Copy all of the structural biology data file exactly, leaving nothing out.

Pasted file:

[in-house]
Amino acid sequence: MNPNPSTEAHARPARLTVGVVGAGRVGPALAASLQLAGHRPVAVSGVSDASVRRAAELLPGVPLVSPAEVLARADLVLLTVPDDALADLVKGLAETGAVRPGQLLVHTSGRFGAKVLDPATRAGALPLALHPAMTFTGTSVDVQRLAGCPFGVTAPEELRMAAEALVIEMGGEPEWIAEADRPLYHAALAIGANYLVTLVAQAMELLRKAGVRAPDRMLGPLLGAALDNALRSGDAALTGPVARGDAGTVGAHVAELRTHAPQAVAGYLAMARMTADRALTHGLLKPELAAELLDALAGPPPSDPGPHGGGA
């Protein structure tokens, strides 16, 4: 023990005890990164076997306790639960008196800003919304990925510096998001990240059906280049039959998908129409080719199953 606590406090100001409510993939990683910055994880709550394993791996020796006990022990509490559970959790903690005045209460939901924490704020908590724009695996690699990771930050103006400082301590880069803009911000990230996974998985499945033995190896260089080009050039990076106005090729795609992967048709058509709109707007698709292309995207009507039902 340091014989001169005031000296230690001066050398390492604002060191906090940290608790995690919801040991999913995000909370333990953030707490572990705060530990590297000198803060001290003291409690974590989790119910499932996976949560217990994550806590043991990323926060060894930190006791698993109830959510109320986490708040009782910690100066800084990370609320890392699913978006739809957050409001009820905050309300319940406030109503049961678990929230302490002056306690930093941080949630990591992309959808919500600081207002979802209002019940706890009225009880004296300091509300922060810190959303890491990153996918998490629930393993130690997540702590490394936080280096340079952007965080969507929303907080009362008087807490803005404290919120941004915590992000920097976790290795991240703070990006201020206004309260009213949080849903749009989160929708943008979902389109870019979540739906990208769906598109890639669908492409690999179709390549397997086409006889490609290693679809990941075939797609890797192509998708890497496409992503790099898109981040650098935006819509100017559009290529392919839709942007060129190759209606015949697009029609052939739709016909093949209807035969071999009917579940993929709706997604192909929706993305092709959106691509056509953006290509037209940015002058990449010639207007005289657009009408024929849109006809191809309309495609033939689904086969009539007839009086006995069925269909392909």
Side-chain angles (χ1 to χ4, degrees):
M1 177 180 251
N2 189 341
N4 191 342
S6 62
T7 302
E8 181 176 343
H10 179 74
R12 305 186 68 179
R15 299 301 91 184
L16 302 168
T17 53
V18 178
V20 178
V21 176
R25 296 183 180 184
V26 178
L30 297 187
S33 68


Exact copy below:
[in-house]
Amino acid sequence: MNPNPSTEAHARPARLTVGVVGAGRVGPALAASLQLAGHRPVAVSGVSDASVRRAAELLPGVPLVSPAEVLARADLVLLTVPDDALADLVKGLAETGAVRPGQLLVHTSGRFGAKVLDPATRAGALPLALHPAMTFTGTSVDVQRLAGCPFGVTAPEELRMAAEALVIEMGGEPEWIAEADRPLYHAALAIGANYLVTLVAQAMELLRKAGVRAPDRMLGPLLGAALDNALRSGDAALTGPVARGDAGTVGAHVAELRTHAPQAVAGYLAMARMTADRALTHGLLKPELAAELLDALAGPPPSDPGPHGGGA
């Protein structure tokens, strides 16, 4: 023990005890990164076997306790639960008196800003919304990925510096998001990240059906280049039959998908129409080719199953 606590406090100001409510993939990683910055994880709550394993791996020796006990022990509490559970959790903690005045209460939901924490704020908590724009695996690699990771930050103006400082301590880069803009911000990230996974998985499945033995190896260089080009050039990076106005090729795609992967048709058509709109707007698709292309995207009507039902 340091014989001169005031000296230690001066050398390492604002060191906090940290608790995690919801040991999913995000909370333990953030707490572990705060530990590297000198803060001290003291409690974590989790119910499932996976949560217990994550806590043991990323926060060894930190006791698993109830959510109320986490708040009782910690100066800084990370609320890392699913978006739809957050409001009820905050309300319940406030109503049961678990929230302490002056306690930093941080949630990591992309959808919500600081207002979802209002019940706890009225009880004296300091509300922060810190959303890491990153996918998490629930393993130690997540702590490394936080280096340079952007965080969507929303907080009362008087807490803005404290919120941004915590992000920097976790290795991240703070990006201020206004309260009213949080849903749009989160929708943008979902389109870019979540739906990208769906598109890639669908492409690999179709390549397997086409006889490609290693679809990941075939797609890797192509998708890497496409992503790099898109981040650098935006819509100017559009290529392919839709942007060129190759209606015949697009029609052939739709016909093949209807035969071999009917579940993929709706997604192909929706993305092709959106691509056509953006290509037209940015002058990449010639207007005289657009009408024929849109006809191809309309495609033939689904086969009539007839009086006995069925269909392909």
Side-chain angles (χ1 to χ4, degrees):
M1 177 180 251
N2 189 341
N4 191 342
S6 62
T7 302
E8 181 176 343
H10 179 74
R12 305 186 68 179
R15 299 301 91 184
L16 302 168
T17 53
V18 178
V20 178
V21 176
R25 296 183 180 184
V26 178
L30 297 187
S33 68